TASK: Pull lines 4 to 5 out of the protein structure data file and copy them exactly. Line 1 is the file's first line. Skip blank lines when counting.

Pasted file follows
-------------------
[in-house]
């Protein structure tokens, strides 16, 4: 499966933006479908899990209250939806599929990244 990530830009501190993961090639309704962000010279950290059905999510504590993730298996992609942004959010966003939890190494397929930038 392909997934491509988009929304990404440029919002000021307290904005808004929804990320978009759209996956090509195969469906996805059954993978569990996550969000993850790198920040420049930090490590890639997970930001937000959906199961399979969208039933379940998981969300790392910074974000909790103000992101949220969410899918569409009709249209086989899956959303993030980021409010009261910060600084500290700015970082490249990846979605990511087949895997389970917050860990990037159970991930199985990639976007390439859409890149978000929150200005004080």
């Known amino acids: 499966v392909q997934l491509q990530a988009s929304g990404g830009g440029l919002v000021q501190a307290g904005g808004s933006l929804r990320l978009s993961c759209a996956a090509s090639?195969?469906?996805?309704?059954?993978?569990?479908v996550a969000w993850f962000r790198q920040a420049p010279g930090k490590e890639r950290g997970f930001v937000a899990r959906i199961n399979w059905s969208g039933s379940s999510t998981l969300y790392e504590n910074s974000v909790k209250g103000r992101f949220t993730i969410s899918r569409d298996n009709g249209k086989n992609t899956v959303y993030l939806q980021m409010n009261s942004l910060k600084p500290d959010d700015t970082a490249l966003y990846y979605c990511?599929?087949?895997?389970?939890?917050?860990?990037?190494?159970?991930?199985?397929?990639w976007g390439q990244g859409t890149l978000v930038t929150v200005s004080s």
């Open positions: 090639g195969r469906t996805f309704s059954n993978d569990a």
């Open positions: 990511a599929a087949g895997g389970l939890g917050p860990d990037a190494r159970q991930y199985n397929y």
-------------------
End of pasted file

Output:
């Open positions: 090639g195969r469906t996805f309704s059954n993978d569990a």
């Open positions: 990511a599929a087949g895997g389970l939890g917050p860990d990037a190494r159970q991930y199985n397929y």